At the William Greenleaf Eliot Society banquet April 9, the former dean of the George Warren Brown School of Social Work received the society’s “Search” award.
Shanti K. Khinduka, Ph.D., the George Warren Brown Distinguished University Professor, was presented with the society’s top honor by Chancellor Mark S. Wrighton at the 41st annual event, held at the Ritz-Carlton, St. Louis. The evening also featured a keynote address by documentary filmmaker Ken Burns.
In a University filled with distinguished leaders, Khinduka stands out. In the 30 years he guided the Brown School, he assembled a first-rate cadre of faculty, built up the school’s endowment and doubled its physical facilities. Most important, Khinduka, building upon the Brown School’s initial strengths, created a school that is acclaimed internationally for its teaching and research.
“As the new dean, hired in 1974 to lead the Brown School forward, Shanti took a very good school and guided it to the top rank of social work education,” Wrighton said. During this period, Wrighton said, the theory and practice of social work and social development education was evolving, and Khinduka embraced the changes and reforms necessary to advance the school and keep it on the cutting edge.
“He has been an inspirational leader not only at the George Warren Brown School of Social Work but also at Washington University, in the St. Louis region and in the national and international spheres of social work and social development,” Wrighton said.
An expert on community and social development and on international social welfare, Khinduka has published widely and has been honored for his achievements and contributions to his field. He founded the Journal of Social Service Research in 1977; he founded the Inter-University Consortium for International Social Development and served as its president; and he was a founding co-chair of the Board of Directors of MERS/Goodwill.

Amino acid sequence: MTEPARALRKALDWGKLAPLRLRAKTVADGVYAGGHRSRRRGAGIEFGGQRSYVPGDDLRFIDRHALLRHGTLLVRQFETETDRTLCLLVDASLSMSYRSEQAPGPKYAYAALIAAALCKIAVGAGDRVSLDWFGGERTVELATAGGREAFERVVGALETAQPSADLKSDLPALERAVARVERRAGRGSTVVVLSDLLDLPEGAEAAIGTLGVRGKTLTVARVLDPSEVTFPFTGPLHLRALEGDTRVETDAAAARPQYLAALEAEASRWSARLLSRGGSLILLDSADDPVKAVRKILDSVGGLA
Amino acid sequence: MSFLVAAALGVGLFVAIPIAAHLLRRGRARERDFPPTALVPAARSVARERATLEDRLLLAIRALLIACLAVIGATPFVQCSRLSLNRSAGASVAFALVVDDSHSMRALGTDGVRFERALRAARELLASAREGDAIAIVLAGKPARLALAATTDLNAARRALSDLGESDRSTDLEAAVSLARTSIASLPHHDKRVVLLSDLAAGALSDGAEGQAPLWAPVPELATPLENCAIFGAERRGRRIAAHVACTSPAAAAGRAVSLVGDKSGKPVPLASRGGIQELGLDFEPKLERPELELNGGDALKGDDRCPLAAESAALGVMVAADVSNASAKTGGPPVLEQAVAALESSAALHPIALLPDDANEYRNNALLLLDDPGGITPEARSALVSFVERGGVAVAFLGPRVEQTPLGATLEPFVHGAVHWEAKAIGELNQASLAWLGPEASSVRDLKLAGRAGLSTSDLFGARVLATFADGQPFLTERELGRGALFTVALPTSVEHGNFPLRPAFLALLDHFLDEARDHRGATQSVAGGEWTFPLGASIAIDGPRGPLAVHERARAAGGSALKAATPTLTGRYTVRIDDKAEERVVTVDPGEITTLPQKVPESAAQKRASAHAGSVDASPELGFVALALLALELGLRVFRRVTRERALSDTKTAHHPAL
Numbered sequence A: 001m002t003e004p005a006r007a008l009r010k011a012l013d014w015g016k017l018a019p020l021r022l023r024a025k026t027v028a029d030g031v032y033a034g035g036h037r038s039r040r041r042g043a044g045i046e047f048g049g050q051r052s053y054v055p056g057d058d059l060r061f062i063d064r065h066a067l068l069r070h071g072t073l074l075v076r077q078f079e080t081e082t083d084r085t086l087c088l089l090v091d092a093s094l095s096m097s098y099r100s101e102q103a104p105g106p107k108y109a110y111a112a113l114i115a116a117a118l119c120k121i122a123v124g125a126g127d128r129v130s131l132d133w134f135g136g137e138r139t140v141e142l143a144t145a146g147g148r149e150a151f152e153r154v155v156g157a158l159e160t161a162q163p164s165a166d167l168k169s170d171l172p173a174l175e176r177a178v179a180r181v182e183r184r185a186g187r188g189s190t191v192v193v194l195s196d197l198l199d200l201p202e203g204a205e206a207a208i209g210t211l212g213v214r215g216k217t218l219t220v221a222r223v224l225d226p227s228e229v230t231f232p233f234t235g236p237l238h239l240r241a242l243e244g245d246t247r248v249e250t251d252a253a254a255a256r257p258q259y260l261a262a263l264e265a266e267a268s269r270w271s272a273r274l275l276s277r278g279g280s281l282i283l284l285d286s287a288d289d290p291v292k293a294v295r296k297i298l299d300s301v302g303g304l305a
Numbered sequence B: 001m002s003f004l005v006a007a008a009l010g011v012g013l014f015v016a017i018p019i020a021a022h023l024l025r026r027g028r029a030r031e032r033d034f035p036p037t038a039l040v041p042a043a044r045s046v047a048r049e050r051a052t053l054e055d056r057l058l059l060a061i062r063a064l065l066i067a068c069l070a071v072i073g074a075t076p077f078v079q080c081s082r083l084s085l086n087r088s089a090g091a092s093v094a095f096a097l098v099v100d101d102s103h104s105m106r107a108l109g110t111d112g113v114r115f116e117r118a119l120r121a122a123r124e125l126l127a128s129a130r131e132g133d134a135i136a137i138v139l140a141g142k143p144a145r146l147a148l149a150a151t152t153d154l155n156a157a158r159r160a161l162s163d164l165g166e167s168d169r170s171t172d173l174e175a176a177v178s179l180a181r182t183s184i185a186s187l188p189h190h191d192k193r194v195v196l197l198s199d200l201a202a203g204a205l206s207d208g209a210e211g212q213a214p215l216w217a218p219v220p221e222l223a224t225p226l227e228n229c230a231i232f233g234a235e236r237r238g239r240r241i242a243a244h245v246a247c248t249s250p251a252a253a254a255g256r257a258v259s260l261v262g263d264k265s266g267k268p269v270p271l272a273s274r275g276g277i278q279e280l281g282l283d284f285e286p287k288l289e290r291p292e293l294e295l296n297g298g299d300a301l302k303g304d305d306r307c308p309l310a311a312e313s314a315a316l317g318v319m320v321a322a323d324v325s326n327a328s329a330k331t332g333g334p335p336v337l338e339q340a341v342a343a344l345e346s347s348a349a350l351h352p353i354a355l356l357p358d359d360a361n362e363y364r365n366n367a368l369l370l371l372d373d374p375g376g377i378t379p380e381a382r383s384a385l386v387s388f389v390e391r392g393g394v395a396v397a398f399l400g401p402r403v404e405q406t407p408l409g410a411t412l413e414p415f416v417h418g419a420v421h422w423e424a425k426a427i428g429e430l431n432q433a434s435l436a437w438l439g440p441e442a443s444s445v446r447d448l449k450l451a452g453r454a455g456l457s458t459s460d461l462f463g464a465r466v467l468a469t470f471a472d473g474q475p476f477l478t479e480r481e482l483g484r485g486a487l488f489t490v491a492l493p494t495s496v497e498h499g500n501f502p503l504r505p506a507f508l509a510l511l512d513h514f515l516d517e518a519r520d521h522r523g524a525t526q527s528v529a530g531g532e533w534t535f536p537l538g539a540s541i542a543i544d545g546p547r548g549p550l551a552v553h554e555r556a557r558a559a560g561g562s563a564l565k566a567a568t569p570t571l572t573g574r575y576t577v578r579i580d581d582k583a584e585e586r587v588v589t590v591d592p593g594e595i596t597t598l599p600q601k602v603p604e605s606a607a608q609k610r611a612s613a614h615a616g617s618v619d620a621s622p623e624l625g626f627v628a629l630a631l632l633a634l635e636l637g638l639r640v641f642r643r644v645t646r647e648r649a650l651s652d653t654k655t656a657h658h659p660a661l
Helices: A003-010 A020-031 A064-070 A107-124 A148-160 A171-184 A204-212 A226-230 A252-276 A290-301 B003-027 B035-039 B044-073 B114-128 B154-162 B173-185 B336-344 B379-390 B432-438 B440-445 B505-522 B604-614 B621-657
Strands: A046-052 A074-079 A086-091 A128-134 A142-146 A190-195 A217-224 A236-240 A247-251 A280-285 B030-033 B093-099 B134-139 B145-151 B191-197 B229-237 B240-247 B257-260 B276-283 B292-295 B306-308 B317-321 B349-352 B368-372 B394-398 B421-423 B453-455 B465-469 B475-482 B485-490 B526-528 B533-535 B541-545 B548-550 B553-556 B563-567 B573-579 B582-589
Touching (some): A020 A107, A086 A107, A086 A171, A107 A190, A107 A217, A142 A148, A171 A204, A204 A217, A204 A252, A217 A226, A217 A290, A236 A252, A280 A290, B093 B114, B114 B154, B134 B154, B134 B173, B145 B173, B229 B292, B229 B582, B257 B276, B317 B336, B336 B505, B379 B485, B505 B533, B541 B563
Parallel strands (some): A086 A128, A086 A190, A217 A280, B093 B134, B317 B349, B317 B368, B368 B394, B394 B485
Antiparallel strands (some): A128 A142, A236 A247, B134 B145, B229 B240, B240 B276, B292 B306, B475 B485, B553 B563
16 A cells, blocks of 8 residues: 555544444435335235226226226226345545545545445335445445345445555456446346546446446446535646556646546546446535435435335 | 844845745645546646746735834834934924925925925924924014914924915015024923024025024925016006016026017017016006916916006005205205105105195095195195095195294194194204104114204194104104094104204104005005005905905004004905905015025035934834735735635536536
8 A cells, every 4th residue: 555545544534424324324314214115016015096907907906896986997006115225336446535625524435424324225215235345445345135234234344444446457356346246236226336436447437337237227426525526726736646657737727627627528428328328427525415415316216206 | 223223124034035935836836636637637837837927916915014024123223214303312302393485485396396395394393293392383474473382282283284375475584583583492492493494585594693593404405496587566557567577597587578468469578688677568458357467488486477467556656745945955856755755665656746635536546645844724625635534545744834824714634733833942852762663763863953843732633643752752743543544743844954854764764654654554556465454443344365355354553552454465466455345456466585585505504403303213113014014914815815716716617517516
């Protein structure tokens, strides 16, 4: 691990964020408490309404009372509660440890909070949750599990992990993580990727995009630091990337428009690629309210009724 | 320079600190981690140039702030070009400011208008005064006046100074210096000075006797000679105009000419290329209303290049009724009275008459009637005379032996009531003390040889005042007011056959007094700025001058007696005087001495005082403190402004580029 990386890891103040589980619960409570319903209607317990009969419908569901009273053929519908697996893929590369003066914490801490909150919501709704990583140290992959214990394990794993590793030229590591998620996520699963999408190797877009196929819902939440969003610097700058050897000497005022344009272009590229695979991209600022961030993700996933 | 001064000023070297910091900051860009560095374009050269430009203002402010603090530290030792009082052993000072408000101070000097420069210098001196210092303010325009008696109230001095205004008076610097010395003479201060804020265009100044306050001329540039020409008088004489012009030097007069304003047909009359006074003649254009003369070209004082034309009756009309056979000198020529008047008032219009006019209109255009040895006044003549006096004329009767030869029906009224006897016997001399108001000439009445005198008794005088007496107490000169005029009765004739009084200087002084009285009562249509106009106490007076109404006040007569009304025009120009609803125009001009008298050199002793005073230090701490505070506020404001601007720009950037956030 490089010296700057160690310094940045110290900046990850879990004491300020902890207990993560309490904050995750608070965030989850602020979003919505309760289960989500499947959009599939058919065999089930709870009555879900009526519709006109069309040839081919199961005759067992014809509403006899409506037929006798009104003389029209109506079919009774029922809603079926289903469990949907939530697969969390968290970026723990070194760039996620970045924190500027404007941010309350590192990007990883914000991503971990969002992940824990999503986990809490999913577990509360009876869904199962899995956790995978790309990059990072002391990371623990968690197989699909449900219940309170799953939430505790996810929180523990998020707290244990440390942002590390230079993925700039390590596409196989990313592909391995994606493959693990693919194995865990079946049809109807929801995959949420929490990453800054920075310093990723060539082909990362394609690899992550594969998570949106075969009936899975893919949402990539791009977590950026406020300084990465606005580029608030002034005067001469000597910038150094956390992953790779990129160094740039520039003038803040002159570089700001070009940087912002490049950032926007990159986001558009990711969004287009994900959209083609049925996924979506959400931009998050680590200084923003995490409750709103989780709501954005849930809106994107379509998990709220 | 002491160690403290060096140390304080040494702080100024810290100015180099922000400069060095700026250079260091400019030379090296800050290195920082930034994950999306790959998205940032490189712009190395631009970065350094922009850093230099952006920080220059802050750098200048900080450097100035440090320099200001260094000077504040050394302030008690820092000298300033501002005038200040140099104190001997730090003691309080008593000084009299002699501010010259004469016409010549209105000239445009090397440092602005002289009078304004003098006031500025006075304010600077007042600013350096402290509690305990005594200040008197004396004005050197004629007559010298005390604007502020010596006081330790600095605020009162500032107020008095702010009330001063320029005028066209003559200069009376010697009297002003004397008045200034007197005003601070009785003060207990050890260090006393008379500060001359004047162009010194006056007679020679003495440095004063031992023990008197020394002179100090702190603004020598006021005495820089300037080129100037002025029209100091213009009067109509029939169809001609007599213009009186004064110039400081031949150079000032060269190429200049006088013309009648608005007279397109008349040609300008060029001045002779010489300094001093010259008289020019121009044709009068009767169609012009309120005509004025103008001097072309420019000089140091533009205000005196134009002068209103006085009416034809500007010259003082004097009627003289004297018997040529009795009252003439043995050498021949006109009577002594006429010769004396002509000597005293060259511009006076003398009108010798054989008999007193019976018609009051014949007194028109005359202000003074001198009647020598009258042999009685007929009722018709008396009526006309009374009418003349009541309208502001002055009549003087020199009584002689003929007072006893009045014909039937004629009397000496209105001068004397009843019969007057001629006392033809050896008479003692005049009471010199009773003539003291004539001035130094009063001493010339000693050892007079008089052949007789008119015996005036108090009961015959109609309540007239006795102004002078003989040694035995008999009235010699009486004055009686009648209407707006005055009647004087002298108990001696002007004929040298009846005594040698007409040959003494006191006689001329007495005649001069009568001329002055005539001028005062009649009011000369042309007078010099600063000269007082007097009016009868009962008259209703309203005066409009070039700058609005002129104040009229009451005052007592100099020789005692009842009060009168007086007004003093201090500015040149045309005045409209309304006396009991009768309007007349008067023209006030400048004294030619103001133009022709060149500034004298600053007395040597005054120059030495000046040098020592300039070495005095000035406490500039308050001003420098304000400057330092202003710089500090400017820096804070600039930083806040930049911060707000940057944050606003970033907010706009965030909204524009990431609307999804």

Born in Jaipur, India, Khinduka began his career as an assistant professor of sociology and social work at Lucknow University in Lucknow, India. In 1967, he began teaching at Saint Louis University and served as assistant dean; in 1974, he joined Washington University as dean.
Khinduka earned a bachelor’s degree from Rajasthan University, two master’s degrees in social work — one from Lucknow and another from the University of Southern California — and a doctoral degree in social welfare from Brandeis University.
“Search” awardees receive a replica of “The Search,” a sculpture designed by emeritus professor of art Heikki Seppa. The silver statue represents the endless quest for truth and knowledge.
The Eliot Society, named after the University’s co-founder, was established in 1959. Members of the Eliot Society provide unrestricted leadership support to strengthen Washington University and its mission to serve students and faculty. Each year, every school and its faculty and students benefit from the support of the University’s most generous philanthropists. Currently there are more than 5,000 society members.